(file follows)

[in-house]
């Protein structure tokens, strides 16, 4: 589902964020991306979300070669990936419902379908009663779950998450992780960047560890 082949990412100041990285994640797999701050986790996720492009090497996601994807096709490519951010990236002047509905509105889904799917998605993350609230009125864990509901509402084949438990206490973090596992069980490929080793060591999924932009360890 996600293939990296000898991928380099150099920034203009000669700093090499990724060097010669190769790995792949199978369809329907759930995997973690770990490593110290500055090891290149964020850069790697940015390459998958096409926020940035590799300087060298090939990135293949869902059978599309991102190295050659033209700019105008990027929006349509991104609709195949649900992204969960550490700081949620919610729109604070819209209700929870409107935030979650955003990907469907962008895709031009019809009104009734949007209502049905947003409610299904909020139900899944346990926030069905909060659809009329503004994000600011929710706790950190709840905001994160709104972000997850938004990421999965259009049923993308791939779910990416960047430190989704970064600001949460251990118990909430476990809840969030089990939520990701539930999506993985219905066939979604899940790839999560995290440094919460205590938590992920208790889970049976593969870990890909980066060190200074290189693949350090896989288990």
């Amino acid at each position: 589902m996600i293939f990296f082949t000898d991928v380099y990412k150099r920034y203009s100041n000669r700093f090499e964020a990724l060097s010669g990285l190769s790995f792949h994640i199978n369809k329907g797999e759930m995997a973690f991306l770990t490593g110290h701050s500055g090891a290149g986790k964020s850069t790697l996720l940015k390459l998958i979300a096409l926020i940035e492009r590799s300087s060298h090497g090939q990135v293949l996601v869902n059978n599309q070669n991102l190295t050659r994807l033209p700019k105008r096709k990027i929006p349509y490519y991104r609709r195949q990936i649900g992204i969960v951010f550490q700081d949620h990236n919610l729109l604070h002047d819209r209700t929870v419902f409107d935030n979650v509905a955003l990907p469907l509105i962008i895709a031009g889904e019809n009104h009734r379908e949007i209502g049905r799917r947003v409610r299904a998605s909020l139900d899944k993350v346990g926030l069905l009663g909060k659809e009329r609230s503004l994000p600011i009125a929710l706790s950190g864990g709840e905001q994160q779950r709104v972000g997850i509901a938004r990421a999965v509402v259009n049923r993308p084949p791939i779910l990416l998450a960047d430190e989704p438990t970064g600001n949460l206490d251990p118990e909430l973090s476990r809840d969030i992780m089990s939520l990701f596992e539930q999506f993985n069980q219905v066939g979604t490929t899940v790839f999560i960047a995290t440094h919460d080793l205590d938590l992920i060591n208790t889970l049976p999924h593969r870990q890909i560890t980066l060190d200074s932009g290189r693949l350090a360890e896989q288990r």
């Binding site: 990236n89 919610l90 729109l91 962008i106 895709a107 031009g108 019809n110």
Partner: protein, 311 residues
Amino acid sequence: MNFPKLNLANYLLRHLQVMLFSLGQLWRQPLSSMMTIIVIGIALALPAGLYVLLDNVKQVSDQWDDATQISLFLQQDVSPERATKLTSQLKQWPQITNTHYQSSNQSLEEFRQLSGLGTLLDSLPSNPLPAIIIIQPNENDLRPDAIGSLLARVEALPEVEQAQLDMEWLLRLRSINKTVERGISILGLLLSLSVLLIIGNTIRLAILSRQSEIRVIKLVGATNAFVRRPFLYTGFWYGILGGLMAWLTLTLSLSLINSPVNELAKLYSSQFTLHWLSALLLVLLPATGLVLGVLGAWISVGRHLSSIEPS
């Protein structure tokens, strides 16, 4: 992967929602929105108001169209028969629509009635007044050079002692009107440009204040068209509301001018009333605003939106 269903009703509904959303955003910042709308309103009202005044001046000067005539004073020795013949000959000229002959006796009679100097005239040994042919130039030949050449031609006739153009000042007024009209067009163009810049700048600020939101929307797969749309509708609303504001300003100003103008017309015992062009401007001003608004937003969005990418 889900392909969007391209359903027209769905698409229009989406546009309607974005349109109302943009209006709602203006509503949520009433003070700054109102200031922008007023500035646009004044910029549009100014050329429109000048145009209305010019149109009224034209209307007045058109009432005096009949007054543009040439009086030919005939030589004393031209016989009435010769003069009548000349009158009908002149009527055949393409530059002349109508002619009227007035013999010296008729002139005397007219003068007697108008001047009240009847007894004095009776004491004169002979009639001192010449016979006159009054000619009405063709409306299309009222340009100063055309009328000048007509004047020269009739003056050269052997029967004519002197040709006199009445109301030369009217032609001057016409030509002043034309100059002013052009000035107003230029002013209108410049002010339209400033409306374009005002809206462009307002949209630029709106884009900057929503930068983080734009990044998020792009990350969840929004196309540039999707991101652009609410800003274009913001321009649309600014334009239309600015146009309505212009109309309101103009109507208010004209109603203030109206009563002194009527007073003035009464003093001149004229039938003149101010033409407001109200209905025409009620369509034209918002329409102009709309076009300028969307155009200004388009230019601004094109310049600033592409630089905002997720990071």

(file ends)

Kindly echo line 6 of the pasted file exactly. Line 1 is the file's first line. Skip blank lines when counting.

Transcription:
Amino acid sequence: MNFPKLNLANYLLRHLQVMLFSLGQLWRQPLSSMMTIIVIGIALALPAGLYVLLDNVKQVSDQWDDATQISLFLQQDVSPERATKLTSQLKQWPQITNTHYQSSNQSLEEFRQLSGLGTLLDSLPSNPLPAIIIIQPNENDLRPDAIGSLLARVEALPEVEQAQLDMEWLLRLRSINKTVERGISILGLLLSLSVLLIIGNTIRLAILSRQSEIRVIKLVGATNAFVRRPFLYTGFWYGILGGLMAWLTLTLSLSLINSPVNELAKLYSSQFTLHWLSALLLVLLPATGLVLGVLGAWISVGRHLSSIEPS